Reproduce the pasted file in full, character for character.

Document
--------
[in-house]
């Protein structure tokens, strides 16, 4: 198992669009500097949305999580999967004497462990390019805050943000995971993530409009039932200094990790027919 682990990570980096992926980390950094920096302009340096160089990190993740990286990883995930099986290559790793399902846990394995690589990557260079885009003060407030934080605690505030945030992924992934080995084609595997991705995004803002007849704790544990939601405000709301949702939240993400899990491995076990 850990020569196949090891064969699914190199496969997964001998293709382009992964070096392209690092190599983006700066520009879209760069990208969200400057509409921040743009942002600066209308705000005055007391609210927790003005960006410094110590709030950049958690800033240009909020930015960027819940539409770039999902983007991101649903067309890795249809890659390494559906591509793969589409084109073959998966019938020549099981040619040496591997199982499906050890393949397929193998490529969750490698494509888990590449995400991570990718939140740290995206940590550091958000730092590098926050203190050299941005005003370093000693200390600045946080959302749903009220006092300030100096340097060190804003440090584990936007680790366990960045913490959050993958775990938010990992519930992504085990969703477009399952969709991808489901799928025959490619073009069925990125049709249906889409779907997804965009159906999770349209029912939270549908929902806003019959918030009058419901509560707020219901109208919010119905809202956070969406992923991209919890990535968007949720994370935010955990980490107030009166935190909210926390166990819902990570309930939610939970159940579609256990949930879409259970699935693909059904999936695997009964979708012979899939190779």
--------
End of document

[in-house]
């Protein structure tokens, strides 16, 4: 198992669009500097949305999580999967004497462990390019805050943000995971993530409009039932200094990790027919 682990990570980096992926980390950094920096302009340096160089990190993740990286990883995930099986290559790793399902846990394995690589990557260079885009003060407030934080605690505030945030992924992934080995084609595997991705995004803002007849704790544990939601405000709301949702939240993400899990491995076990 850990020569196949090891064969699914190199496969997964001998293709382009992964070096392209690092190599983006700066520009879209760069990208969200400057509409921040743009942002600066209308705000005055007391609210927790003005960006410094110590709030950049958690800033240009909020930015960027819940539409770039999902983007991101649903067309890795249809890659390494559906591509793969589409084109073959998966019938020549099981040619040496591997199982499906050890393949397929193998490529969750490698494509888990590449995400991570990718939140740290995206940590550091958000730092590098926050203190050299941005005003370093000693200390600045946080959302749903009220006092300030100096340097060190804003440090584990936007680790366990960045913490959050993958775990938010990992519930992504085990969703477009399952969709991808489901799928025959490619073009069925990125049709249906889409779907997804965009159906999770349209029912939270549908929902806003019959918030009058419901509560707020219901109208919010119905809202956070969406992923991209919890990535968007949720994370935010955990980490107030009166935190909210926390166990819902990570309930939610939970159940579609256990949930879409259970699935693909059904999936695997009964979708012979899939190779």